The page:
United States: U.S. GDP boasts healthy growth in Q2
July 28, 2017
GDP expanded at a seasonally-adjusted annualized rate (SAAR) of 2.6% in the second quarter of the year, according to a first estimate released by the Bureau of Economic Analysis (BEA) on 28 July, just shy of market expectations of 2.8%. The reading was more than double Q1’s revised 1.2% expansion (previously reported: +1.4% SAAR) and was due to strong consumer spending and increased business investment in equipment. A year-on-year comparison showed that GDP increased 2.1% in the second quarter of 2017, which was a notch above the previous quarter’s 2.0% expansion.
The strong performance among U.S. households was supported by a steady job market and solid growth in disposable income. Personal consumption expenditure grew 2.8% in seasonally-adjusted annualized terms in the second quarter, an improvement over the 1.9% expansion seen in the previous quarter. Non-residential investment also made healthy gains this quarter as business equipment accelerated to a nearly two-year high, demonstrating firms’ confidence in domestic demand as well as optimism about the overall global economic recovery. Conversely, residential investment growth took a hit in Q2, decreasing 6.8% (Q1: +11.1% SAAR). Government expenditure rebounded modestly compared with the previous quarter and added slightly to growth.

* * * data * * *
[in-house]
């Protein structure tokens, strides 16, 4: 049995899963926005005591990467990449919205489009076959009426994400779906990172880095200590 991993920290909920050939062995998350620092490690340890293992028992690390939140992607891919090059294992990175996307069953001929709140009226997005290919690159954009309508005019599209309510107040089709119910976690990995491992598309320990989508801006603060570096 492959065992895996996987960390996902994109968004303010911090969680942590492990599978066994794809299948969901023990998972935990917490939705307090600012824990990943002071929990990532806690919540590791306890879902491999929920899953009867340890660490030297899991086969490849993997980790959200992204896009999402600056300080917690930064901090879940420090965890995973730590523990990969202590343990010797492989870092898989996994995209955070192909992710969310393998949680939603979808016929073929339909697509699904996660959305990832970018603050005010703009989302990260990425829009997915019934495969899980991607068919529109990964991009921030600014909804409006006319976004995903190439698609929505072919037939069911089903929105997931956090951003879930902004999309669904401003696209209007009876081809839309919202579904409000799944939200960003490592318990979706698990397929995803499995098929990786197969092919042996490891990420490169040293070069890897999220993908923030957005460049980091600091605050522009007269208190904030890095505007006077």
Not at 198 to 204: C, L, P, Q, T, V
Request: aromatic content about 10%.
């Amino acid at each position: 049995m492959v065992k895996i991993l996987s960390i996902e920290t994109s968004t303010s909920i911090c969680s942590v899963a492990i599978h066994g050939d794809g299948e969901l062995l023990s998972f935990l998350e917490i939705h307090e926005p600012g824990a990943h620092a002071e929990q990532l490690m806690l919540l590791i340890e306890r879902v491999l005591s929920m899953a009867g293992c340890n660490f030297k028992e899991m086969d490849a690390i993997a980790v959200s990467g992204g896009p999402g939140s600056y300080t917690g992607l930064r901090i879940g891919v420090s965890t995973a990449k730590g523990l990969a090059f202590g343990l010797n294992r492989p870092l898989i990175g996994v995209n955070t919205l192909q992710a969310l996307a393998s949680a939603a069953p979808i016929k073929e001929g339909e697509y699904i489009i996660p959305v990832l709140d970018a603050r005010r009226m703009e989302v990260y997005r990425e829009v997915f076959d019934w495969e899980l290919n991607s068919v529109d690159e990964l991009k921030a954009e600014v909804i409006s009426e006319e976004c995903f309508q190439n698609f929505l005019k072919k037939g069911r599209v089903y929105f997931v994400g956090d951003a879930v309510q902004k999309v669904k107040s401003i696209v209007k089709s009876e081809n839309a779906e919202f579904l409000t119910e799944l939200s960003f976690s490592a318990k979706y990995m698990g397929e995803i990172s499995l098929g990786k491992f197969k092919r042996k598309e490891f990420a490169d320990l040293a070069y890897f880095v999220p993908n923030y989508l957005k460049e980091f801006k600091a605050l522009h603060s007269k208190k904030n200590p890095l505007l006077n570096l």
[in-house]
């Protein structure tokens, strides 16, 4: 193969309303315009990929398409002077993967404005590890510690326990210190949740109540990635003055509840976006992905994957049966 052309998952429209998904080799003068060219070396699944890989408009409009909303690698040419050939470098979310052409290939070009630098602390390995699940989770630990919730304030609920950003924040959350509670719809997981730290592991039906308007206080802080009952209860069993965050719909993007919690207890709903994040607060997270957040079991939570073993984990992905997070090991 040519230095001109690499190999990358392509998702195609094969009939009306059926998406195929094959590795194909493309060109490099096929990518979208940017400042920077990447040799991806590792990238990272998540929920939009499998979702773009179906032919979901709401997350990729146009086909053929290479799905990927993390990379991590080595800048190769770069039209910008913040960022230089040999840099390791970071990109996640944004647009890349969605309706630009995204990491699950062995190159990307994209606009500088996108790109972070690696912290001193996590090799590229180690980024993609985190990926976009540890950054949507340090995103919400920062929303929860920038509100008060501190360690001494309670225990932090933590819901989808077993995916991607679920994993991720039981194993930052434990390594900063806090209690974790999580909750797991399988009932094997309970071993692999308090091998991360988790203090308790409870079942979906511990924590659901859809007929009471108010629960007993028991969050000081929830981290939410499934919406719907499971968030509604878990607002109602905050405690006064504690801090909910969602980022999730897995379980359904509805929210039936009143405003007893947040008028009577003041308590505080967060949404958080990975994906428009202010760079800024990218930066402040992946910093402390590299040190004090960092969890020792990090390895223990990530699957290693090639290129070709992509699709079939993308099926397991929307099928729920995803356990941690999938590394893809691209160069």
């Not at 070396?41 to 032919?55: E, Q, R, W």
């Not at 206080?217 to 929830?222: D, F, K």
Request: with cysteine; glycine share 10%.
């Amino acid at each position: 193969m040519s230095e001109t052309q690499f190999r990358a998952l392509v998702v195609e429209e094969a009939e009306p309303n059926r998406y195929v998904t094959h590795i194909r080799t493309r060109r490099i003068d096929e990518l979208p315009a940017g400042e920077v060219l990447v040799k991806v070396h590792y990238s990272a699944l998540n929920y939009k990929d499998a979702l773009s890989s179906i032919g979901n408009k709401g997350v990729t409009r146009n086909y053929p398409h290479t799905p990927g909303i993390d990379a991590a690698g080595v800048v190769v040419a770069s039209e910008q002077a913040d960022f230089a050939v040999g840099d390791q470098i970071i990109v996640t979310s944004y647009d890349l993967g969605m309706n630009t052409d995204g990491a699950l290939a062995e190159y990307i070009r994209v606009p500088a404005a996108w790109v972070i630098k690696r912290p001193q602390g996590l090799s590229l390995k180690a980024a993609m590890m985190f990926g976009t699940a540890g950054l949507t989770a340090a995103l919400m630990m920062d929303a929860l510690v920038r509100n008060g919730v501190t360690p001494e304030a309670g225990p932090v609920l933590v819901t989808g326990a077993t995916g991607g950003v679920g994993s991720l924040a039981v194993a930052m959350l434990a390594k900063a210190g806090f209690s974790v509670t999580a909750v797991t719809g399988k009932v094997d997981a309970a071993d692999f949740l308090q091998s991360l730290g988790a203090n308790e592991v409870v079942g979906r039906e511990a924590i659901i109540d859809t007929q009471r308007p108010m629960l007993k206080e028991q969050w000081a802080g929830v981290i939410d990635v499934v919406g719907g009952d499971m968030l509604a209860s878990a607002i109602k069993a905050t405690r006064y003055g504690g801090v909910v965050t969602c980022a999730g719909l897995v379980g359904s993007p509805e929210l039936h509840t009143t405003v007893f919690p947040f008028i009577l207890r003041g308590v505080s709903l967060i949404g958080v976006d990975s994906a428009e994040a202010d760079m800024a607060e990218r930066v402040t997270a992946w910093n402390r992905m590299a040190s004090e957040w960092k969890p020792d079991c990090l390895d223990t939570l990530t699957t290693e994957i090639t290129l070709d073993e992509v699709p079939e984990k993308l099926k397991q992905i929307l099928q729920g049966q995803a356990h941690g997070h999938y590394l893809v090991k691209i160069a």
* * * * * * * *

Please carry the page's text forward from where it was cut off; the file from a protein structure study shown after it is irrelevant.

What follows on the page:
Apart from consumer spending and business investment, the bright spot in this quarter’s report was the performance of the external sector. Exports grew 4.1% in the second quarter, a slight easing from the first quarter’s 7.3% gains, but a healthy result nonetheless. Aided by a deceleration in imports growth (Q1 2017: +4.3% SAAR; Q2 2017: +2.1% SAAR), the net contribution of the external sector to overall growth remained constant at a 0.2 percentage-point contribution in Q2.
Looking into the second half of the year, there are several bright spots on the horizon, with strong employment levels, buoyant business and consumer sentiment and growing domestic demand all pointing to future growth and productivity. In addition, a flat contribution from inventories this quarter—against market expectations of a solid rebound following Q1’s slump—could potentially see an additional boost to growth in Q3.
Author: Lindsey Ice, Economist